Make sure he has toys that he IS allowed to bite and beat up. My Tornado-dog is at this minute grabbing and shaking one of his stuffed (well partially stuffed) toys. When he tires of that, he brings me a different toy to play tug of war and catch. He has learned that playing with me doesn't include biting and other doggy-style roughhousing.

If he chews on you or unacceptable items, simply replace the item with a dog chew. Praise him profusely when he refocuses his chewing.

You will be surprised how quickly he will respond to you. And you will rebuild the trust that you've lost.

I'll also add, that if that is the method the trainer recommended for biting, you should seriously re-evaluate the techniques provided for everything else. Some may be good, but odds are they are more forceful and aversive than necessary.

Both shepherds and labs are eager to please dogs. Labs can be more focused on having fun, but both breeds are bred to want to please their people. This makes them a joy to train. Make the goals fun and show your pleasure at the right behaviors with treats and a ton of praise.

You can find great videos by kikipup on you tube to help you train without the use of force, pain and/or fear.
Thank you! I was hoping to go back for level 2 training once when had the basic commands down well but not not so sure 😕

Luckily I think that was the only bad advice we got. Everything else was really just basic commands and grooming tips. No other aggressive suggestions that I can think of
 

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Thank you! I will definitely utilize online training resources 😊

Thank you! I was hoping to go back for level 2 training once when had the basic commands down well but not not so sure 😕

Luckily I think that was the only bad advice we got. Everything else was really just basic commands and grooming tips. No other aggressive suggestions that I can think of
I would not go back. That is no way to treat a baby puppy. It also indicates a lack of understanding of dogs in general.
 

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You've gotten some great advice! I just want to agree with the consensus to not go back to this trainer. In addition to everything mentioned above, grabbing and holding the muzzle like that will often create a 'head-shy' dog who is always worried and avoidant when your hands get near their face/head. This makes everyday tasks difficult, like getting collars or over-the-head harnesses on and off, grooming around the head and ears, brushing teeth, etc. as well as causes unnecessary stress during veterinary exams. If you ever need to administer medical treatments like ear or eyedrops, you'll also have a much bigger headache managing that with a head-shy dog! A trainer that gives you these kinds of 'quick fixes' with no consideration to the long-term consequences isn't someone you want to work with.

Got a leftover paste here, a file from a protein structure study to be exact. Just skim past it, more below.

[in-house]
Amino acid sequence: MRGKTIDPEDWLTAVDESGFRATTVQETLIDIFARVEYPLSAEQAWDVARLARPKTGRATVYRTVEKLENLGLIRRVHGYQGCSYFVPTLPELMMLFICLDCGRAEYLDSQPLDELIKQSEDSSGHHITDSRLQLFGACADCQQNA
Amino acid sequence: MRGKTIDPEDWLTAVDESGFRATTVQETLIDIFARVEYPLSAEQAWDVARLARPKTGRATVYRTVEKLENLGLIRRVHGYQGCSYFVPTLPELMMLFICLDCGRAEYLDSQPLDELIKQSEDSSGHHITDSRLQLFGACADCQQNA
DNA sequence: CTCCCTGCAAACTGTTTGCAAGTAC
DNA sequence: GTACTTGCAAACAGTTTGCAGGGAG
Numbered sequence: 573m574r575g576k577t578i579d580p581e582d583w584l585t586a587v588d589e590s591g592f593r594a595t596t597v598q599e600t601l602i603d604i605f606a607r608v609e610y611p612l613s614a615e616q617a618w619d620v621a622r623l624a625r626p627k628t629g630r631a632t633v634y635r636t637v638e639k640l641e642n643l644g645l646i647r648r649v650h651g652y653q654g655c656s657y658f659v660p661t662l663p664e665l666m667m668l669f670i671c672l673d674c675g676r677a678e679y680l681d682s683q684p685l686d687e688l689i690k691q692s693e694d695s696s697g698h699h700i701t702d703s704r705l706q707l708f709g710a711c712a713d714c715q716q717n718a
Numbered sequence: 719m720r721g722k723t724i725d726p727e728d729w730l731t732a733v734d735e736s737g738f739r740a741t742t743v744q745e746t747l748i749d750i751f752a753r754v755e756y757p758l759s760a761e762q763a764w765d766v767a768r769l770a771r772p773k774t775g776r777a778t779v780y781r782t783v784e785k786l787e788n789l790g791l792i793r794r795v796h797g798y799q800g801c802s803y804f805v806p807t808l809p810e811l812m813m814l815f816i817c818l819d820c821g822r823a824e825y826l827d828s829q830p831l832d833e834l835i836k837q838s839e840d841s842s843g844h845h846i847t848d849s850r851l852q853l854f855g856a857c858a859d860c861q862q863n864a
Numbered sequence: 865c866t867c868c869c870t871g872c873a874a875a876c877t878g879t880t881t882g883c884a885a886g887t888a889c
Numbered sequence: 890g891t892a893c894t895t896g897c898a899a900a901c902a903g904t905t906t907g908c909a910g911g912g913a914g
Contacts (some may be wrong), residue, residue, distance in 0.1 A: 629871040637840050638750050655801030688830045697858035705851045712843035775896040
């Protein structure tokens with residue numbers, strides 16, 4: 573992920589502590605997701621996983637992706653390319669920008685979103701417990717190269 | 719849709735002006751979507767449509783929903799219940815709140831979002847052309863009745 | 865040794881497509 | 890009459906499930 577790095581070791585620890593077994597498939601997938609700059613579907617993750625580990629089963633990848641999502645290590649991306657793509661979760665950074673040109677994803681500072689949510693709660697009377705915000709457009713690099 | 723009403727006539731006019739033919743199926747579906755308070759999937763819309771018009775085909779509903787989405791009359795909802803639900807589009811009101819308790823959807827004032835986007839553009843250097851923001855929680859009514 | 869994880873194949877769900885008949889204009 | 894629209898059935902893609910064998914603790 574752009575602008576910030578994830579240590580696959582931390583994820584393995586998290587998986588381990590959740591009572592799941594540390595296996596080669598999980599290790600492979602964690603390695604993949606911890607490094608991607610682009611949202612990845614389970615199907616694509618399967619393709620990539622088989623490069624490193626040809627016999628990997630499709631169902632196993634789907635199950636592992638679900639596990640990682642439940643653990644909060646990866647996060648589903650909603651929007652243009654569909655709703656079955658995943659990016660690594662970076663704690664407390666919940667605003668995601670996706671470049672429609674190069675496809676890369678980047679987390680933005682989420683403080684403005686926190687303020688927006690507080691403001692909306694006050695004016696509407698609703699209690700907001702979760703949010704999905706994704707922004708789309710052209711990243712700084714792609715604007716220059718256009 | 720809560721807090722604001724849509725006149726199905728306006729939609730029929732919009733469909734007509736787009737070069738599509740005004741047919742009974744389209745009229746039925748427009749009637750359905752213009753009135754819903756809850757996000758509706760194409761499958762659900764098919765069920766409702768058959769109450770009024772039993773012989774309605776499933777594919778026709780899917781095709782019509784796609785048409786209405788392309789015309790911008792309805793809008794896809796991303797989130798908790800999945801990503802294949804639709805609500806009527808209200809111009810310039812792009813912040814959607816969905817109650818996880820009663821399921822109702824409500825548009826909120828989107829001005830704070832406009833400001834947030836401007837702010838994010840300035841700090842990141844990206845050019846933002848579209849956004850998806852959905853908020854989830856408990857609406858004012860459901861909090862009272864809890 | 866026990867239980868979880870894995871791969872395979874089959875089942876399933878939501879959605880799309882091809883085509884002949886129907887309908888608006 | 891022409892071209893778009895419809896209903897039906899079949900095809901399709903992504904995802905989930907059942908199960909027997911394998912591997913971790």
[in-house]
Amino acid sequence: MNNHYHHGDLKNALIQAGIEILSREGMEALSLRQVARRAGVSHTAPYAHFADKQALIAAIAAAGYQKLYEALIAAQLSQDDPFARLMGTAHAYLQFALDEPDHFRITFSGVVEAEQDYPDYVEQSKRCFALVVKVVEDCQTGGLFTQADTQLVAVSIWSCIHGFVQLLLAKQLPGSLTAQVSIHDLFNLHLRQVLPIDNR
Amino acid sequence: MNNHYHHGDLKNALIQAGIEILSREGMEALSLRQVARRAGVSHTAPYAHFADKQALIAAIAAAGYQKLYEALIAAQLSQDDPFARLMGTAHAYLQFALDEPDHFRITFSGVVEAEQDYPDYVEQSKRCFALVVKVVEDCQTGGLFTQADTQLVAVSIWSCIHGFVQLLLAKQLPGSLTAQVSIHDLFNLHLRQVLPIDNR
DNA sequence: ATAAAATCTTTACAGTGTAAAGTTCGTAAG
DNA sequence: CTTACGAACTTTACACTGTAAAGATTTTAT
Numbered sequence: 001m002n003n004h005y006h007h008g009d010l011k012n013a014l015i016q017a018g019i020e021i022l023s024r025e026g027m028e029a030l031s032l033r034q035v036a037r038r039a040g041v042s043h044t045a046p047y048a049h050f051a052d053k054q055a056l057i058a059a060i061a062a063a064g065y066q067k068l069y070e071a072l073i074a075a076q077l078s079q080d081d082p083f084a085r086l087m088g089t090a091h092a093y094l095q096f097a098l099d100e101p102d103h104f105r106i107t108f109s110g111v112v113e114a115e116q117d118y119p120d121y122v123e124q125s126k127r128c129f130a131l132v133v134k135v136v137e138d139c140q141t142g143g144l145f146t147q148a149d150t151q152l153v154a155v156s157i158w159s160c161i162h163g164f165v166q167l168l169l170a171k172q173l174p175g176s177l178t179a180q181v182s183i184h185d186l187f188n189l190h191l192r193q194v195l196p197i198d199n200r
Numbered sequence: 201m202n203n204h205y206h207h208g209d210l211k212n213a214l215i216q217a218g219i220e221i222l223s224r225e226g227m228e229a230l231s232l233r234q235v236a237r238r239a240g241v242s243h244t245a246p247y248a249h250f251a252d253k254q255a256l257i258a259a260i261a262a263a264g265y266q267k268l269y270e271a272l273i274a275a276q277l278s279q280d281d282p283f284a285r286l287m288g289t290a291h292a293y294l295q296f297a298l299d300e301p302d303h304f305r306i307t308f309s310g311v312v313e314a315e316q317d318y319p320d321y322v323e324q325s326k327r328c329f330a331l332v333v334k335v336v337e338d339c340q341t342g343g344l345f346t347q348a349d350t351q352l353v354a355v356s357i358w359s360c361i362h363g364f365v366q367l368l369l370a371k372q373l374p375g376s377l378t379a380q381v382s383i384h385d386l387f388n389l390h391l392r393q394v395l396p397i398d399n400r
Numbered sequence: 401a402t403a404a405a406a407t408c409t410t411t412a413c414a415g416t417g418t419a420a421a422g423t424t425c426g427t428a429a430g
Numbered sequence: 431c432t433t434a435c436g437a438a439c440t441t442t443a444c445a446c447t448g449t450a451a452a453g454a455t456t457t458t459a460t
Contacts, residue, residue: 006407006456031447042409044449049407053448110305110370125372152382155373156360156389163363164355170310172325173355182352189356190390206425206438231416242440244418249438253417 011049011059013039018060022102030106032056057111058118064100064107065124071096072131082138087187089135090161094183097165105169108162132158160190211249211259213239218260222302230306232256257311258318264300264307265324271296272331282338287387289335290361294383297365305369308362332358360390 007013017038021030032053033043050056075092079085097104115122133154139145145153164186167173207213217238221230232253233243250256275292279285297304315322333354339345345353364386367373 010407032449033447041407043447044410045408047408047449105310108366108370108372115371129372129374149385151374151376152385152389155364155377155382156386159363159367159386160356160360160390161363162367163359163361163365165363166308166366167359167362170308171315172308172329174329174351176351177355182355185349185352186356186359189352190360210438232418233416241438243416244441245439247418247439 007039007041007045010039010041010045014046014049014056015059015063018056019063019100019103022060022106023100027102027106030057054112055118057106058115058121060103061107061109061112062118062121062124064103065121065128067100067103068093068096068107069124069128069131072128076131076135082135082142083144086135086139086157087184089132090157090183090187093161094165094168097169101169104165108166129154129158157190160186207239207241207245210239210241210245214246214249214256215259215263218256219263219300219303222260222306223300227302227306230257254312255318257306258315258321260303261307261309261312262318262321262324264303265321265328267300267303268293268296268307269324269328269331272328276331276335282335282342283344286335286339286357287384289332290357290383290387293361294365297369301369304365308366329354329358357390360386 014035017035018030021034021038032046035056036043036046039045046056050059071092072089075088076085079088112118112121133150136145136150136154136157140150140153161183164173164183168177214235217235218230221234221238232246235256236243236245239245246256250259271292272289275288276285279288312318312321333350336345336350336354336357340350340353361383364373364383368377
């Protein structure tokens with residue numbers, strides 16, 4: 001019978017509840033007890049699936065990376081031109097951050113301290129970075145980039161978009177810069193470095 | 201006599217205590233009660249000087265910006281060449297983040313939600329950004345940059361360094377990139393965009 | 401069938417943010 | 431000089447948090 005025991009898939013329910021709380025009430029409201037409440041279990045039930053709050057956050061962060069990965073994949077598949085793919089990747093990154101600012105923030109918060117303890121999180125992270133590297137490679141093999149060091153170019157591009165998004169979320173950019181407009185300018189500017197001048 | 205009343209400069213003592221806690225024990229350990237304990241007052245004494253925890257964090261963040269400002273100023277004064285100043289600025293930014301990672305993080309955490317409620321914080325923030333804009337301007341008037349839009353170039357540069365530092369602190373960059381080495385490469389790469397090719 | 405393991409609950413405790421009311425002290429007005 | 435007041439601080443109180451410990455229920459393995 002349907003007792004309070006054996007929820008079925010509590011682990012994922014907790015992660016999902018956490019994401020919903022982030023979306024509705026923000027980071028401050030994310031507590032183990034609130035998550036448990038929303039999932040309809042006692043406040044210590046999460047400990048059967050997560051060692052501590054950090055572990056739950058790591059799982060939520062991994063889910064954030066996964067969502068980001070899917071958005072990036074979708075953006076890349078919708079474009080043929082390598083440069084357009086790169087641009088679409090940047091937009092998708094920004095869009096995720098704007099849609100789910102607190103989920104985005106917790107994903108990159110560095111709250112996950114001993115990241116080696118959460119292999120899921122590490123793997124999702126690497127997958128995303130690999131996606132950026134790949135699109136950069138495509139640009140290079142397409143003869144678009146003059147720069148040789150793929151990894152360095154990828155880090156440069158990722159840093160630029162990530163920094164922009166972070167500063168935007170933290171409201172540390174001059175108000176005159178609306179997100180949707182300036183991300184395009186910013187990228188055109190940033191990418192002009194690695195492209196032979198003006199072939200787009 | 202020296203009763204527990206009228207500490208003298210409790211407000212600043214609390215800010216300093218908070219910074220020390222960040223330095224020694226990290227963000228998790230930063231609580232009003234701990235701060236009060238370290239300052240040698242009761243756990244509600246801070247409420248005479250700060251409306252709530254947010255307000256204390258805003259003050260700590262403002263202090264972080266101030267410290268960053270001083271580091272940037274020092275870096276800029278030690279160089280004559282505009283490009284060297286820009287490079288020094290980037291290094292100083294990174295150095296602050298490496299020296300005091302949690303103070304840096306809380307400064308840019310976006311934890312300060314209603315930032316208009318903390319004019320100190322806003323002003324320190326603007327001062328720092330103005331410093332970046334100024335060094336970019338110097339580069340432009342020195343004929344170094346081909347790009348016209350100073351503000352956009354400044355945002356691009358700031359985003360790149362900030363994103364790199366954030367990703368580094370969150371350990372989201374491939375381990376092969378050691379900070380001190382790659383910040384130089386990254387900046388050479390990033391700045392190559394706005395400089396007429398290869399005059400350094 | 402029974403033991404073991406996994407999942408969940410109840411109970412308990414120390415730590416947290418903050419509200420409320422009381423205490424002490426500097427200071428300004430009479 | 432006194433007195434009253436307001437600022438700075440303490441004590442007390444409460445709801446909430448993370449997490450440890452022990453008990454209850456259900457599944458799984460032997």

It's also a really, really good thing that you recognized that this technique wasn't working for your dog, and reached out for advice! That shows you have great intuition and ability to read your dog. Wishing you luck in working through his mouthy behavior with the more dog-friendly methods shared here. Just be patient! As others have mentioned, both German Shepherds and Labs are notoriously bitey as puppies, and it will take time for your pup to develop the motor skills and impulse control needed to manage his instincts. But it will happen, so long as you're consistent!